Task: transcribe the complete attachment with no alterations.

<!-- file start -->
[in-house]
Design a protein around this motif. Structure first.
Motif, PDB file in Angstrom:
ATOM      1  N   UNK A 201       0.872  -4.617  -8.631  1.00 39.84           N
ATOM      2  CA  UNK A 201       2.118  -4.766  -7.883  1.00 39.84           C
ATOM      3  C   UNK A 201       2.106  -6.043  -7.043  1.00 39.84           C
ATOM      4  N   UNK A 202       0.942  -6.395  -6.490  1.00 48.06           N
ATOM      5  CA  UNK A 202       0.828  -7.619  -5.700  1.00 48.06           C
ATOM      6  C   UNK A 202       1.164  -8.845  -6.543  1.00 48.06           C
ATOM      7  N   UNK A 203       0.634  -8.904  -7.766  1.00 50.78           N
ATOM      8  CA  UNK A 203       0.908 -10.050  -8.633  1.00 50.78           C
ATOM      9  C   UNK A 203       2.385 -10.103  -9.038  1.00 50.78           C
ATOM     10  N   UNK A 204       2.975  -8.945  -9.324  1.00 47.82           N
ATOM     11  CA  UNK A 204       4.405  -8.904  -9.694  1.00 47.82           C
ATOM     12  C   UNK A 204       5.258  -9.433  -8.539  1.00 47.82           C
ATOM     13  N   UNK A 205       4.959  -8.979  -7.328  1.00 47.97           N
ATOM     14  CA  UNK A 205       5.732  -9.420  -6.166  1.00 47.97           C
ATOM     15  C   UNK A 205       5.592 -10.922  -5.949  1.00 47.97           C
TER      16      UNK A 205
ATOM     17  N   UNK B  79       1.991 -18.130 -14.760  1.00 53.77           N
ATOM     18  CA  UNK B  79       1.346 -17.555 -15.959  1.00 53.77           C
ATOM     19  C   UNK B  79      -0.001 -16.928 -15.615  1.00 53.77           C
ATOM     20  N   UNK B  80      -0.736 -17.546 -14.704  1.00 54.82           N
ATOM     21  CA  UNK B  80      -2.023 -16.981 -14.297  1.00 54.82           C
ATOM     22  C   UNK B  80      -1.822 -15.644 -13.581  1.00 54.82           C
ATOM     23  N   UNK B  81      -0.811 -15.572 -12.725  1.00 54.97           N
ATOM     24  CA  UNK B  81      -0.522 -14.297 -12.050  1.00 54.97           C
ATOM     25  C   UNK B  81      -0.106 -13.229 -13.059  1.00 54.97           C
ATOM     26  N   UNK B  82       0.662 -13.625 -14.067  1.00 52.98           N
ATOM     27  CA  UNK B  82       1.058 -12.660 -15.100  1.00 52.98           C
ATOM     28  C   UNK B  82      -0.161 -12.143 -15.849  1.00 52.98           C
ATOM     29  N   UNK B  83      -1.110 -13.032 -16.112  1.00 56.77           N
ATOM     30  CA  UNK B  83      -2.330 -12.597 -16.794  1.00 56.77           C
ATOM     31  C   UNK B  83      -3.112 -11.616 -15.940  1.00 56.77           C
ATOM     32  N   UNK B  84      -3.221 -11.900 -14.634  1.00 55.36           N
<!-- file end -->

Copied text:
[in-house]
Design a protein around this motif. Structure first.
Motif, PDB file in Angstrom:
ATOM      1  N   UNK A 201       0.872  -4.617  -8.631  1.00 39.84           N
ATOM      2  CA  UNK A 201       2.118  -4.766  -7.883  1.00 39.84           C
ATOM      3  C   UNK A 201       2.106  -6.043  -7.043  1.00 39.84           C
ATOM      4  N   UNK A 202       0.942  -6.395  -6.490  1.00 48.06           N
ATOM      5  CA  UNK A 202       0.828  -7.619  -5.700  1.00 48.06           C
ATOM      6  C   UNK A 202       1.164  -8.845  -6.543  1.00 48.06           C
ATOM      7  N   UNK A 203       0.634  -8.904  -7.766  1.00 50.78           N
ATOM      8  CA  UNK A 203       0.908 -10.050  -8.633  1.00 50.78           C
ATOM      9  C   UNK A 203       2.385 -10.103  -9.038  1.00 50.78           C
ATOM     10  N   UNK A 204       2.975  -8.945  -9.324  1.00 47.82           N
ATOM     11  CA  UNK A 204       4.405  -8.904  -9.694  1.00 47.82           C
ATOM     12  C   UNK A 204       5.258  -9.433  -8.539  1.00 47.82           C
ATOM     13  N   UNK A 205       4.959  -8.979  -7.328  1.00 47.97           N
ATOM     14  CA  UNK A 205       5.732  -9.420  -6.166  1.00 47.97           C
ATOM     15  C   UNK A 205       5.592 -10.922  -5.949  1.00 47.97           C
TER      16      UNK A 205
ATOM     17  N   UNK B  79       1.991 -18.130 -14.760  1.00 53.77           N
ATOM     18  CA  UNK B  79       1.346 -17.555 -15.959  1.00 53.77           C
ATOM     19  C   UNK B  79      -0.001 -16.928 -15.615  1.00 53.77           C
ATOM     20  N   UNK B  80      -0.736 -17.546 -14.704  1.00 54.82           N
ATOM     21  CA  UNK B  80      -2.023 -16.981 -14.297  1.00 54.82           C
ATOM     22  C   UNK B  80      -1.822 -15.644 -13.581  1.00 54.82           C
ATOM     23  N   UNK B  81      -0.811 -15.572 -12.725  1.00 54.97           N
ATOM     24  CA  UNK B  81      -0.522 -14.297 -12.050  1.00 54.97           C
ATOM     25  C   UNK B  81      -0.106 -13.229 -13.059  1.00 54.97           C
ATOM     26  N   UNK B  82       0.662 -13.625 -14.067  1.00 52.98           N
ATOM     27  CA  UNK B  82       1.058 -12.660 -15.100  1.00 52.98           C
ATOM     28  C   UNK B  82      -0.161 -12.143 -15.849  1.00 52.98           C
ATOM     29  N   UNK B  83      -1.110 -13.032 -16.112  1.00 56.77           N
ATOM     30  CA  UNK B  83      -2.330 -12.597 -16.794  1.00 56.77           C
ATOM     31  C   UNK B  83      -3.112 -11.616 -15.940  1.00 56.77           C
ATOM     32  N   UNK B  84      -3.221 -11.900 -14.634  1.00 55.36           N